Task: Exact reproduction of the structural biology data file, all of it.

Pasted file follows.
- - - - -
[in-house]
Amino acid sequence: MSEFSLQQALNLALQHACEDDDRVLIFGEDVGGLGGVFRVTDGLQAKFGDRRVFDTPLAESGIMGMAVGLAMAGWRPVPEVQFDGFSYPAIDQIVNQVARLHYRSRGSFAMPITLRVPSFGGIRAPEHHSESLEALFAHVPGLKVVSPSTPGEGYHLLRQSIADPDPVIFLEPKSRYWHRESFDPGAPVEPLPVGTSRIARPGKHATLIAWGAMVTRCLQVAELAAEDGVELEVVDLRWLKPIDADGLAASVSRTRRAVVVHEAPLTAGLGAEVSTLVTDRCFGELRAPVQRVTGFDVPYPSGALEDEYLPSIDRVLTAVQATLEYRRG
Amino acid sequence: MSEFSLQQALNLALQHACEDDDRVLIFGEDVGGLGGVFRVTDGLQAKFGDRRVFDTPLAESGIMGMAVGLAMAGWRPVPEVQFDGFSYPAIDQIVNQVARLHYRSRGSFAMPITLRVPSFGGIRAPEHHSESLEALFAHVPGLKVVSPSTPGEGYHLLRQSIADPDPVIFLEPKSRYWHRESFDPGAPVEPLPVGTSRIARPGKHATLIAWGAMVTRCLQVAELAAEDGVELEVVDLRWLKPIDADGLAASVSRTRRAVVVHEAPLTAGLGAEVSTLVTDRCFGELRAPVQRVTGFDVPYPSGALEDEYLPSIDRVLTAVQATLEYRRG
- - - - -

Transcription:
[in-house]
Amino acid sequence: MSEFSLQQALNLALQHACEDDDRVLIFGEDVGGLGGVFRVTDGLQAKFGDRRVFDTPLAESGIMGMAVGLAMAGWRPVPEVQFDGFSYPAIDQIVNQVARLHYRSRGSFAMPITLRVPSFGGIRAPEHHSESLEALFAHVPGLKVVSPSTPGEGYHLLRQSIADPDPVIFLEPKSRYWHRESFDPGAPVEPLPVGTSRIARPGKHATLIAWGAMVTRCLQVAELAAEDGVELEVVDLRWLKPIDADGLAASVSRTRRAVVVHEAPLTAGLGAEVSTLVTDRCFGELRAPVQRVTGFDVPYPSGALEDEYLPSIDRVLTAVQATLEYRRG
Amino acid sequence: MSEFSLQQALNLALQHACEDDDRVLIFGEDVGGLGGVFRVTDGLQAKFGDRRVFDTPLAESGIMGMAVGLAMAGWRPVPEVQFDGFSYPAIDQIVNQVARLHYRSRGSFAMPITLRVPSFGGIRAPEHHSESLEALFAHVPGLKVVSPSTPGEGYHLLRQSIADPDPVIFLEPKSRYWHRESFDPGAPVEPLPVGTSRIARPGKHATLIAWGAMVTRCLQVAELAAEDGVELEVVDLRWLKPIDADGLAASVSRTRRAVVVHEAPLTAGLGAEVSTLVTDRCFGELRAPVQRVTGFDVPYPSGALEDEYLPSIDRVLTAVQATLEYRRG